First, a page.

Evolving Education: Learning From Our Given Cultures

There have been a number of eccentric communities I’ve had the pleasure of experiencing over the past, well, let’s say five years. I’d chock it all up to this sort of collective wanderlust spirit, sort of this fire-burning-inside/on-the-bus off-the-bus/spirituality quest, sort of this kind of journey to find space, to find community, to find work (and play) with intention.

While driving back home to the ranch from Denver a few weekends ago, I happened to pass by a neat looking outdoor education center/camp off the side of the road before I hit greater downtown Deckers. The sign read: Woodbine Ecology Center, and I had to take a peek.

The neat thing about this outdoor education center is that they believe wholeheartedly in being a sustainable community through indigenous Ute practices.

“The point of Woodbine is to provide a base from which indigenous peoples can join with other communities of goodwill to forge a more just and sustainable future for all future generations.”

I mean, you can’t argue with that. I think we do what we do at HTOEC and Sanborn very well. And similarly, I think what Woodbine is doing is incredible work for visitors and students alike. And a lot of that has to do with the rich Colorado history we’re able to pass along.

But one of the main reasons they do what they do is because of (well, here comes that buzz word again) … intention.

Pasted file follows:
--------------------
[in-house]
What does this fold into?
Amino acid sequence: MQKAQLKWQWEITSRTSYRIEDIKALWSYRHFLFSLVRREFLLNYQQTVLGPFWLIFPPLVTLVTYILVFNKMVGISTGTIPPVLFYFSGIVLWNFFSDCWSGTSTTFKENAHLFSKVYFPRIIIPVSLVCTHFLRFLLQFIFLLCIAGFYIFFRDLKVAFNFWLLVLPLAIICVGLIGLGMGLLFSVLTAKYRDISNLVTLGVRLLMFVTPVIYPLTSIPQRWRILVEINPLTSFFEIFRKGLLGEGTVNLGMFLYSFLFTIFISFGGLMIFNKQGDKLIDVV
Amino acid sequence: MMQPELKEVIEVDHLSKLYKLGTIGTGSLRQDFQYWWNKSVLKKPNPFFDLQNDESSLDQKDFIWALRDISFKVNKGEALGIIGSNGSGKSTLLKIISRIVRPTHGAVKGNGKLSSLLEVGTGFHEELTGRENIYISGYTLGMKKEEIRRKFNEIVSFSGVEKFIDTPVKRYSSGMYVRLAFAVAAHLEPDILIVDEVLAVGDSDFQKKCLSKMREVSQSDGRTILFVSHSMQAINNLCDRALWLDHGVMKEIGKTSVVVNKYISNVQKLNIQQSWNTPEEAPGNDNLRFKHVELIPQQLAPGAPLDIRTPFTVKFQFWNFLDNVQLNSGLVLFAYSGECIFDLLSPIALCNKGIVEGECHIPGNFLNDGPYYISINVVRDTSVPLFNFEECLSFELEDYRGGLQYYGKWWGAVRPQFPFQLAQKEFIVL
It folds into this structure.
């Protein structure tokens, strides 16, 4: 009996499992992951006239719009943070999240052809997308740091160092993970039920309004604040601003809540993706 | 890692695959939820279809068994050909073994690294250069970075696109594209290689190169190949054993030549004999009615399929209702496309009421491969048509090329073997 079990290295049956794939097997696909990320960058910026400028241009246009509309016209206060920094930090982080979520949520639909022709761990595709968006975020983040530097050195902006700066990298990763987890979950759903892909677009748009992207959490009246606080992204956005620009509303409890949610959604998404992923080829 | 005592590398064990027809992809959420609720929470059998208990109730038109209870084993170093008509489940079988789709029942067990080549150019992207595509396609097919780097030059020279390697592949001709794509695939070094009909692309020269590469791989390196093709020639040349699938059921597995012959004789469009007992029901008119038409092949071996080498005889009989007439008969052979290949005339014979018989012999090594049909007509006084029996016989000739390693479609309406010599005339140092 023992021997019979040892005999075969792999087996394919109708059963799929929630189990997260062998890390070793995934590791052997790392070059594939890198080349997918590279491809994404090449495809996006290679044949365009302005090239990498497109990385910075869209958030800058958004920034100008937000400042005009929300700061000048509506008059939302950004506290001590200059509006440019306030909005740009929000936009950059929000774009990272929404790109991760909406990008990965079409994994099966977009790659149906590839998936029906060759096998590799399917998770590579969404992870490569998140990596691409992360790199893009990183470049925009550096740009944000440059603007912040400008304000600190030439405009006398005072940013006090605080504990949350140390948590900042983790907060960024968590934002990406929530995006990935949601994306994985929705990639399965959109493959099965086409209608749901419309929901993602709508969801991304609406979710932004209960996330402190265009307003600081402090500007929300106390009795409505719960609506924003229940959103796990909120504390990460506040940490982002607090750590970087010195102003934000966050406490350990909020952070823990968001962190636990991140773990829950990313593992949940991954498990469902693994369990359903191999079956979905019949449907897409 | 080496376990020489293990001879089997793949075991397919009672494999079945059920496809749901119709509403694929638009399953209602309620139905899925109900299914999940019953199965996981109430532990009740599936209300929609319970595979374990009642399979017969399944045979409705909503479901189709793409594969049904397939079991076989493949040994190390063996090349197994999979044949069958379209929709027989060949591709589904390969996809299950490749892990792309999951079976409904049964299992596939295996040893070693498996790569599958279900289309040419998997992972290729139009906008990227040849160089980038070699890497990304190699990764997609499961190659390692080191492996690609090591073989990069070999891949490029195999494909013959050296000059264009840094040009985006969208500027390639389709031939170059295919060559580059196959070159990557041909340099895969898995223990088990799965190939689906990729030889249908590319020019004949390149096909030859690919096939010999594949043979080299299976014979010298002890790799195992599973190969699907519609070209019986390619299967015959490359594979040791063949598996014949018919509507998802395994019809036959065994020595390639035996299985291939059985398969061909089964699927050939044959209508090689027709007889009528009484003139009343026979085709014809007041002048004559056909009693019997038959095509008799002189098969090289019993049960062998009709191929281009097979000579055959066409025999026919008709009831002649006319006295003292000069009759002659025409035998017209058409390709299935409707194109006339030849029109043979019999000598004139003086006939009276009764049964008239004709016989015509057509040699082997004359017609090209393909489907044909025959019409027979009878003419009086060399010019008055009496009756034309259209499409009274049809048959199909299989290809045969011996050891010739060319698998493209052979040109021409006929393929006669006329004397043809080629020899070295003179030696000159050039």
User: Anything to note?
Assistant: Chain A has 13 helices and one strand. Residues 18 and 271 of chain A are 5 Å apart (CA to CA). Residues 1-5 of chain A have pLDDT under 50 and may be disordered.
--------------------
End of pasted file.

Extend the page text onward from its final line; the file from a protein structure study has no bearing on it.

“We have indigenous children who are third- or fourth-generation urban dwellers, many of whom have lost any connection with their histories, values and culture, with their songs and ceremonies, and with their elders and the wisdom their ancestors have passed to them about living in their homeland.”

There’s a lot to learn at these sort of places. And I have to say that different paths work for different people.

And each person, thus, is able to thrive in the way in which they can (and want to), whether it be (shameless plugs …) living off the grid in geodesic domes and treehouses (and walking labyrinths for hours), designing biblical gardens as summer camp, teaching low-income families about aquaponics systems in urban areas, or just brewing a good cup of chai mate (and having an awesome folk dance on Shabbat!).

So I think we all have the same goal here. We can all find validity in each of our fields.

And I think that’s especially important. We should never, ever think that what we’re doing–the way in which we teach children, build our homes, feed our communities and share ideas to future generations–is better or worse than the work of our neighbors’.

Different paths work for different people. And we should all be excited to learn with each other.

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